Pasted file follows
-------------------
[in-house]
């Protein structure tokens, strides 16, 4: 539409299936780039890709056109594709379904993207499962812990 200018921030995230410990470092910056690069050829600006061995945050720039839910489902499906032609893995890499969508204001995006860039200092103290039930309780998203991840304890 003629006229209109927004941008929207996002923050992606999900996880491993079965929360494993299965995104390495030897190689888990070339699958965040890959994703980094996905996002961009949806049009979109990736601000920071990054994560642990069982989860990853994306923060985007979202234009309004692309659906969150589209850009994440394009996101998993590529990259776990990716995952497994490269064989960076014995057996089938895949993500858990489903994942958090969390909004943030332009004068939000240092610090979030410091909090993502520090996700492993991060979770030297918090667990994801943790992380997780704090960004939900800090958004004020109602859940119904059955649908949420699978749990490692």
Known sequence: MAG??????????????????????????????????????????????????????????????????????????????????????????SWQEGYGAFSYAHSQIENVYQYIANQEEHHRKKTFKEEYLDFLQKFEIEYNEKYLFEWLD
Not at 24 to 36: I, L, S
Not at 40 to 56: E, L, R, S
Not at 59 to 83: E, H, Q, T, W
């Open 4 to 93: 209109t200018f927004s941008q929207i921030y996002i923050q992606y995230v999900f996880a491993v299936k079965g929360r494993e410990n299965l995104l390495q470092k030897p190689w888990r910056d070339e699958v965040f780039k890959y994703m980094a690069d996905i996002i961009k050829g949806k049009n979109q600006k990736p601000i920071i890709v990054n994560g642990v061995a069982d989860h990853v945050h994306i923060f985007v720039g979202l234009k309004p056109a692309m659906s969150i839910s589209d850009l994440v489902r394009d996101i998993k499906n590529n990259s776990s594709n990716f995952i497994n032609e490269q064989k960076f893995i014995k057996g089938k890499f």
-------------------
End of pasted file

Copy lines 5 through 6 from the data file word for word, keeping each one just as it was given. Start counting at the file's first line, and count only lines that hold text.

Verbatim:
Not at 40 to 56: E, L, R, S
Not at 59 to 83: E, H, Q, T, W